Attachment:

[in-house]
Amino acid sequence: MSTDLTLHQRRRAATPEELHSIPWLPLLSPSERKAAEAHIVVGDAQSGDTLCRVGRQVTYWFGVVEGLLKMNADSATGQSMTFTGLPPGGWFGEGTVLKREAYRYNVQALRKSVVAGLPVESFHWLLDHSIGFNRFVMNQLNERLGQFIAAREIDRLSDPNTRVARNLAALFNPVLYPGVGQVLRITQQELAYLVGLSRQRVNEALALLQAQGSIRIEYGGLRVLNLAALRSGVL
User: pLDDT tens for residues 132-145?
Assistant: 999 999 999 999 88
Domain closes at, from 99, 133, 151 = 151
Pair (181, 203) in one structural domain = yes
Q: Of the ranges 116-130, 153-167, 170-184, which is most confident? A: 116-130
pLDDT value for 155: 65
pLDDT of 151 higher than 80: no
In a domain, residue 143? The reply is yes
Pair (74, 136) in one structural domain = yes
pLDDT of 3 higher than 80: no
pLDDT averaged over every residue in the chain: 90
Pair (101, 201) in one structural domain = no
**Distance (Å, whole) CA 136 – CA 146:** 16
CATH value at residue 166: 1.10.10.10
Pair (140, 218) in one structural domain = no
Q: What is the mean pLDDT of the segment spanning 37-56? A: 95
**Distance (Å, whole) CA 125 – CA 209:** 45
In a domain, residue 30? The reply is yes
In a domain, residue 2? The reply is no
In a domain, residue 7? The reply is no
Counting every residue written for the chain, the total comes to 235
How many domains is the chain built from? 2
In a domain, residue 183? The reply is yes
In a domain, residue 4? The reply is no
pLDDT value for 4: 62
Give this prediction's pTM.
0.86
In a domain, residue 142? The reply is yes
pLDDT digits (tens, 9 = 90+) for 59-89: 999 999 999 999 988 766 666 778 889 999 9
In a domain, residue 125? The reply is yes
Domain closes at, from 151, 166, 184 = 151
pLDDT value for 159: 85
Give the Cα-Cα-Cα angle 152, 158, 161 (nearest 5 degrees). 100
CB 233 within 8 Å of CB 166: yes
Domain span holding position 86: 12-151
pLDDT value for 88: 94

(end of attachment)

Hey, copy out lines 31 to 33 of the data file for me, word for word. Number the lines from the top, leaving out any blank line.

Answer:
pLDDT digits (tens, 9 = 90+) for 59-89: 999 999 999 999 988 766 666 778 889 999 9
In a domain, residue 125? The reply is yes
Domain closes at, from 151, 166, 184 = 151